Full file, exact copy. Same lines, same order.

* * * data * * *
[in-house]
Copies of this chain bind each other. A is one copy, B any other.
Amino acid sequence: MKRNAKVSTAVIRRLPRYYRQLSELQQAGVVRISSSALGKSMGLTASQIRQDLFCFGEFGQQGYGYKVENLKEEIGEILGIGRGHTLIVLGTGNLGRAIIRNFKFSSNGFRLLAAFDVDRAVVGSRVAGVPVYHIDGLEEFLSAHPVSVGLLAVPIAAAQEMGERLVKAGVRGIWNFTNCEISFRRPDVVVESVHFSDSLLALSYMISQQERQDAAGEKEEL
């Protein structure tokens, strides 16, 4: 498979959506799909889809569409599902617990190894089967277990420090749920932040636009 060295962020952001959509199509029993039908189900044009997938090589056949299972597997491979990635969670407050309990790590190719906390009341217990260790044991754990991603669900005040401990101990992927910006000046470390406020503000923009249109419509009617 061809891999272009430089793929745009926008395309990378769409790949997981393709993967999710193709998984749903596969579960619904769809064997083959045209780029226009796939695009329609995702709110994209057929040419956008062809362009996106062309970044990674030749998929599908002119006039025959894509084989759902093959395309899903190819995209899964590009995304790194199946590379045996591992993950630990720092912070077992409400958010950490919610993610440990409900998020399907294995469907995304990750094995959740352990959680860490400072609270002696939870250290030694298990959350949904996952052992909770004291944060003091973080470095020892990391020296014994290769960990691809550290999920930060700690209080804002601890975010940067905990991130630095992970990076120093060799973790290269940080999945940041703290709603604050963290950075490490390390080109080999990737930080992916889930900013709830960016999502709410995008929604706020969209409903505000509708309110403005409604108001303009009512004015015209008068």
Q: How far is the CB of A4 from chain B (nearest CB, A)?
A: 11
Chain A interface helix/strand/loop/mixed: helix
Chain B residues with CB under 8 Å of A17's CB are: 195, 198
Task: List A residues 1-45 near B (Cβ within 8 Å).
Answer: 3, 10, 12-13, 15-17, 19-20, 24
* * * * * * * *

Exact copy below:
[in-house]
Copies of this chain bind each other. A is one copy, B any other.
Amino acid sequence: MKRNAKVSTAVIRRLPRYYRQLSELQQAGVVRISSSALGKSMGLTASQIRQDLFCFGEFGQQGYGYKVENLKEEIGEILGIGRGHTLIVLGTGNLGRAIIRNFKFSSNGFRLLAAFDVDRAVVGSRVAGVPVYHIDGLEEFLSAHPVSVGLLAVPIAAAQEMGERLVKAGVRGIWNFTNCEISFRRPDVVVESVHFSDSLLALSYMISQQERQDAAGEKEEL
């Protein structure tokens, strides 16, 4: 498979959506799909889809569409599902617990190894089967277990420090749920932040636009 060295962020952001959509199509029993039908189900044009997938090589056949299972597997491979990635969670407050309990790590190719906390009341217990260790044991754990991603669900005040401990101990992927910006000046470390406020503000923009249109419509009617 061809891999272009430089793929745009926008395309990378769409790949997981393709993967999710193709998984749903596969579960619904769809064997083959045209780029226009796939695009329609995702709110994209057929040419956008062809362009996106062309970044990674030749998929599908002119006039025959894509084989759902093959395309899903190819995209899964590009995304790194199946590379045996591992993950630990720092912070077992409400958010950490919610993610440990409900998020399907294995469907995304990750094995959740352990959680860490400072609270002696939870250290030694298990959350949904996952052992909770004291944060003091973080470095020892990391020296014994290769960990691809550290999920930060700690209080804002601890975010940067905990991130630095992970990076120093060799973790290269940080999945940041703290709603604050963290950075490490390390080109080999990737930080992916889930900013709830960016999502709410995008929604706020969209409903505000509708309110403005409604108001303009009512004015015209008068």
Q: How far is the CB of A4 from chain B (nearest CB, A)?
A: 11
Chain A interface helix/strand/loop/mixed: helix
Chain B residues with CB under 8 Å of A17's CB are: 195, 198
Task: List A residues 1-45 near B (Cβ within 8 Å).
Answer: 3, 10, 12-13, 15-17, 19-20, 24